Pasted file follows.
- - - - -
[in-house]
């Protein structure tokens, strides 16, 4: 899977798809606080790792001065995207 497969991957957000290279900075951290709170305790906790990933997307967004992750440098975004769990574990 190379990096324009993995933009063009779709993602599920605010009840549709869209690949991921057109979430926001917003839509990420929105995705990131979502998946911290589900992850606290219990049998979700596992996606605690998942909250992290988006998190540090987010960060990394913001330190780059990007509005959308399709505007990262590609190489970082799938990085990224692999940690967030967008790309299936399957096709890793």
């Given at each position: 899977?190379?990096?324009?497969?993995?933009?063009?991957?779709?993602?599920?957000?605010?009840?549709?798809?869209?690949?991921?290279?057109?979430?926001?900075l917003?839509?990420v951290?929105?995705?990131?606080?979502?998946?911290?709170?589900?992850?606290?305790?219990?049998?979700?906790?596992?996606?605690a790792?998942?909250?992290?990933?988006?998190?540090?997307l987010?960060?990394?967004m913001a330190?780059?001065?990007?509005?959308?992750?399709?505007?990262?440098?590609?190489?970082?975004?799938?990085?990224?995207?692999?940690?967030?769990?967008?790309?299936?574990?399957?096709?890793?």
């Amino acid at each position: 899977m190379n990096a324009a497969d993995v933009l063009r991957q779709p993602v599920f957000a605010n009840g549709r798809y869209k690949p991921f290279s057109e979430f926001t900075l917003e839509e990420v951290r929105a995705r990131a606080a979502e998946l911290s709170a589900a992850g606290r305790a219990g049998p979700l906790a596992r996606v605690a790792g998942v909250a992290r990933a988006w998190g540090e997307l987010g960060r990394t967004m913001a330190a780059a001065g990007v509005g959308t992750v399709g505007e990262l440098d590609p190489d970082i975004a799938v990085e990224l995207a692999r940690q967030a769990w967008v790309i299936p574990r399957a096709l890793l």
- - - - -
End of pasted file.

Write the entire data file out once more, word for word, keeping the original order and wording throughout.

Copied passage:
[in-house]
């Protein structure tokens, strides 16, 4: 899977798809606080790792001065995207 497969991957957000290279900075951290709170305790906790990933997307967004992750440098975004769990574990 190379990096324009993995933009063009779709993602599920605010009840549709869209690949991921057109979430926001917003839509990420929105995705990131979502998946911290589900992850606290219990049998979700596992996606605690998942909250992290988006998190540090987010960060990394913001330190780059990007509005959308399709505007990262590609190489970082799938990085990224692999940690967030967008790309299936399957096709890793």
């Given at each position: 899977?190379?990096?324009?497969?993995?933009?063009?991957?779709?993602?599920?957000?605010?009840?549709?798809?869209?690949?991921?290279?057109?979430?926001?900075l917003?839509?990420v951290?929105?995705?990131?606080?979502?998946?911290?709170?589900?992850?606290?305790?219990?049998?979700?906790?596992?996606?605690a790792?998942?909250?992290?990933?988006?998190?540090?997307l987010?960060?990394?967004m913001a330190?780059?001065?990007?509005?959308?992750?399709?505007?990262?440098?590609?190489?970082?975004?799938?990085?990224?995207?692999?940690?967030?769990?967008?790309?299936?574990?399957?096709?890793?």
């Amino acid at each position: 899977m190379n990096a324009a497969d993995v933009l063009r991957q779709p993602v599920f957000a605010n009840g549709r798809y869209k690949p991921f290279s057109e979430f926001t900075l917003e839509e990420v951290r929105a995705r990131a606080a979502e998946l911290s709170a589900a992850g606290r305790a219990g049998p979700l906790a596992r996606v605690a790792g998942v909250a992290r990933a988006w998190g540090e997307l987010g960060r990394t967004m913001a330190a780059a001065g990007v509005g959308t992750v399709g505007e990262l440098d590609p190489d970082i975004a799938v990085e990224l995207a692999r940690q967030a769990w967008v790309i299936p574990r399957a096709l890793l």